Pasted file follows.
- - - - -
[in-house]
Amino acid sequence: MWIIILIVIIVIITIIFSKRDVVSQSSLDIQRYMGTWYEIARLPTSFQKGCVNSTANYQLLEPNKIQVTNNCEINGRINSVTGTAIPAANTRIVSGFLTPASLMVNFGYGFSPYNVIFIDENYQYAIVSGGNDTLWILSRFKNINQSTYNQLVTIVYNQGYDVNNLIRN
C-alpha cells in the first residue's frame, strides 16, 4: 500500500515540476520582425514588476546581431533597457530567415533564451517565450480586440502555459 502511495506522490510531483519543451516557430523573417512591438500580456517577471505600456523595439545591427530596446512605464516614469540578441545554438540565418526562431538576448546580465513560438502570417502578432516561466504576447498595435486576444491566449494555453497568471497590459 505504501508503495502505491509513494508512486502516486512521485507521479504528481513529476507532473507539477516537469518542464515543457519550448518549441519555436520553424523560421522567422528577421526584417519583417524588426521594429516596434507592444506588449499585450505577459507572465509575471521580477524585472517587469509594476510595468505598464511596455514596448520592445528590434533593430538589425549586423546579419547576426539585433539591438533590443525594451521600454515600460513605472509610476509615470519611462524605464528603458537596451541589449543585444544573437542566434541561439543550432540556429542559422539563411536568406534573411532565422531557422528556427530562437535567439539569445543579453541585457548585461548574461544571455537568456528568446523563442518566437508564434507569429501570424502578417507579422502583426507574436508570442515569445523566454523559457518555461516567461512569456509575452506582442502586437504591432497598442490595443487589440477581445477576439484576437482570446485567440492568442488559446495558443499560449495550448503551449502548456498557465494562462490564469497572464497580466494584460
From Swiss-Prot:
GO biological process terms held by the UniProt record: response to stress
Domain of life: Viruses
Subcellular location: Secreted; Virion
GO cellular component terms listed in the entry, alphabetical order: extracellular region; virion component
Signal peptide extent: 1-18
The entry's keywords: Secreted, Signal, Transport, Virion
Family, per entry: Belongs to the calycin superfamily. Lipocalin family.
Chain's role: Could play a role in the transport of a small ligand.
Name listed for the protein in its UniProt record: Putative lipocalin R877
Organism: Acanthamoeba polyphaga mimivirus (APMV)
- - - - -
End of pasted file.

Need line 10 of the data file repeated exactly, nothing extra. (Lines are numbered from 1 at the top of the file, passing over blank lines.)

The entry's keywords: Secreted, Signal, Transport, Virion